20 March 2009, Country Life Magazine
By Carla Passino
Despite tight credit lines and limited stock, buyers have the upper hand in today’s falling market, but only some can take advantage, says Carla Passino
Buyers with cash in hand are in the best position to take advantage of the current climate. ‘Vendors are more likely to accept a lower offer on their property from a cash buyer than a higher one that’s subject to obtaining a mortgage,’ says Camilla Dell of London buying agency Black Brick Property Solutions. ‘Cash buyers are king.’
This is especially true if your cash is in a foreign currency. Savills calculated that between September 2007 and January 2009, the average cost of prime central London property dropped by 42% for Euro buyers and 43% for dollar ones. Miss Dell says that one of her clients secured a Belgravia house, marketed in 2007 at $21.2 million (nearly £11million), for just $11.3 million.
With no currency to leverage, sterling cash buyers can’t match these savings, but they can get good deals. ‘They’re in a strong position,’ says Matthew Allen of Fisher German. ‘They may be able to get a better property than they could have previously imagined.’ Add to this the fact that interest rates have hit an all-time low of 0.5%, making it less attractive to keep money in a savings account, and it’s easy to see why cash purchasers are returning to market.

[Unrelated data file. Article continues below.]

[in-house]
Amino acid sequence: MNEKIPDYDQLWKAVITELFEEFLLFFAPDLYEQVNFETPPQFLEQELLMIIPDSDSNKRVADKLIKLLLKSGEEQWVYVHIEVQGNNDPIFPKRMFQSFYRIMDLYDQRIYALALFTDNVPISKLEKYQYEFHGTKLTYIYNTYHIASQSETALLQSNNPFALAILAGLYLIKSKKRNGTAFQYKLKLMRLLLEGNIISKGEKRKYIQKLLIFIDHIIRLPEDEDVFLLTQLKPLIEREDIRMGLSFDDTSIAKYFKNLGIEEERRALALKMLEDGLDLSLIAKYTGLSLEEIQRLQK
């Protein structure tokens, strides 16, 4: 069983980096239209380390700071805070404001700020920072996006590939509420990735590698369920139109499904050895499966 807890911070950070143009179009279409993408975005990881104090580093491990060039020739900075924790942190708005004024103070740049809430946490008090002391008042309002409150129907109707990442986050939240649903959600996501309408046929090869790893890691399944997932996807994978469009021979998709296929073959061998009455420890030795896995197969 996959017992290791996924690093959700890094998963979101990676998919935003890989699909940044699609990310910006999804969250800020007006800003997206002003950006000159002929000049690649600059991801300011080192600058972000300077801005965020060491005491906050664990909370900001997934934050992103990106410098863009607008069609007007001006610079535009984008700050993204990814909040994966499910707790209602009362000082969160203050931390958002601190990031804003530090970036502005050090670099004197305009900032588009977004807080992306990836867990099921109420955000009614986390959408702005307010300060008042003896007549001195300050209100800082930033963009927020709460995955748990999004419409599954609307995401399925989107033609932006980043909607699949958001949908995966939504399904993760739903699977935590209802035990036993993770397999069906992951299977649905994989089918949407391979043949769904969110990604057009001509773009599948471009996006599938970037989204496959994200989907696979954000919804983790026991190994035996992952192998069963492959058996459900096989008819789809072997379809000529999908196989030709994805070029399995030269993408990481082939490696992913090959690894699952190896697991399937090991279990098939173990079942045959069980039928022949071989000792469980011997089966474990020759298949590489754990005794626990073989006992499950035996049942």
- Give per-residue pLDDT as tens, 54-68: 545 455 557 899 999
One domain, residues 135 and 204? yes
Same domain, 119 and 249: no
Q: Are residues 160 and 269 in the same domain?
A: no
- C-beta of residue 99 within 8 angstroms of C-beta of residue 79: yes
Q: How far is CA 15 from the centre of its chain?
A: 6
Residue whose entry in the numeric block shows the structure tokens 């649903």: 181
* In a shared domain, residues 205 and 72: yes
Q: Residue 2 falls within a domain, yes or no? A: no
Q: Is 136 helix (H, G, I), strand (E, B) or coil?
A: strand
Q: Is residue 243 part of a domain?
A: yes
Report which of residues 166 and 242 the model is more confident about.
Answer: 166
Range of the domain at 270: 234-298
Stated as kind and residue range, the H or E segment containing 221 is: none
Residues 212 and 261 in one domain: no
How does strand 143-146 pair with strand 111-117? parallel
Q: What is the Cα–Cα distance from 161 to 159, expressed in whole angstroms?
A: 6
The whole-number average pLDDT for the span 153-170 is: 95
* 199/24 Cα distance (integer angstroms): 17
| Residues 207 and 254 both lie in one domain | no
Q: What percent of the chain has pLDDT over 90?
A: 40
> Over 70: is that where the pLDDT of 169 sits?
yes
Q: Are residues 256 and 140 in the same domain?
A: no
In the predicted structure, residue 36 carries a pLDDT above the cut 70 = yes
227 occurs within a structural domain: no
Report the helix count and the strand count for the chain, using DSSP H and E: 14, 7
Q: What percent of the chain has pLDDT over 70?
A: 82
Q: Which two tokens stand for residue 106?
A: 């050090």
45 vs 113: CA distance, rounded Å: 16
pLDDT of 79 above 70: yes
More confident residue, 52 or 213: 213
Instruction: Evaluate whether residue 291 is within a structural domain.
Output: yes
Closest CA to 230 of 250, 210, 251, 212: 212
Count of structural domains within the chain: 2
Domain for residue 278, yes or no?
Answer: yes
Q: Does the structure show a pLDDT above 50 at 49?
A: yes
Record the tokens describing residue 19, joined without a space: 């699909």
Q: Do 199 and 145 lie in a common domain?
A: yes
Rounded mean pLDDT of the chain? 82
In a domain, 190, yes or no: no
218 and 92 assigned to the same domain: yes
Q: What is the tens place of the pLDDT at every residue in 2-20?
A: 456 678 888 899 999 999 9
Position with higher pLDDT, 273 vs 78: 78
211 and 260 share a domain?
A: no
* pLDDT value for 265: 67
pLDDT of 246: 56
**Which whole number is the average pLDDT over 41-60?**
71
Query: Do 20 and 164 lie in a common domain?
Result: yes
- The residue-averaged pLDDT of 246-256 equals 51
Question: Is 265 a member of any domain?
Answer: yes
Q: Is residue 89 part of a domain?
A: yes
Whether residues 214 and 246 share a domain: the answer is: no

‘In the past couple of weeks, we’ve seen a lot of cash buyers, because they’re not getting enough interest from their savings accounts,’ says David Adams of Chesterton Humberts. Some of them are buying to let because rents, although much weaker than in the past, are still appealing compared to the yield on savings accounts and the uncertainties of the stockmarket. Others are purchasers in their fifties who want to help their children get a foot on the property ladder and know they can now obtain excellent value for money.
Opportunities for investors
Beyond stimulating the cash market, the Bank of England’s sixth consecutive cut in interest rates has also opened up opportunities for mortgage buyers, provided they can persuade banks to lend to them. Cheaper mortgages mean property is once again appealing to investors ‘because the yields are starting to stack up now that interest rates are so low,’ Mr Adams explains. Of course, investing in these troubled times requires prudence. Buyers need to acquire a property with good rental prospects, because the letting market is very crowded. And they must commit to it for the medium to long term, as they’re unlikely to see any capital gains if they resell in the immediate future.
The joint effect of low interest rates and substantial drops in property values can also benefit upsizers. ‘The money they can save on their upward purchase will more than outweigh the money they lose on selling their smaller property,’ says Miss Dell. Upsizers looking to move from London to the country can reap the greatest benefits. ‘At the top of the market, there was never as much of an arbitrage between London and the country as people thought,’ says Mark Parkinson of Middleton Advisers. ‘Now you should get more in the country for the value of your London house than a couple of years ago.’
That said, there are surprisingly few upsizers around. ‘The savings you can make by upgrading should bring a lot of people to the market, but there aren’t many,’ says Mr Adams. ‘It’s partly because they’re worried about their jobs, and partly because of the lack of mortgage products, as banks remain reluctant lenders.’ With credit so limited, Stamp Duty works as an additional deterrent. ‘These days, banks are no longer willing to lend on Stamp Duty on top of the house price,’ explains Mr Adams.
Top tips to make the most of the market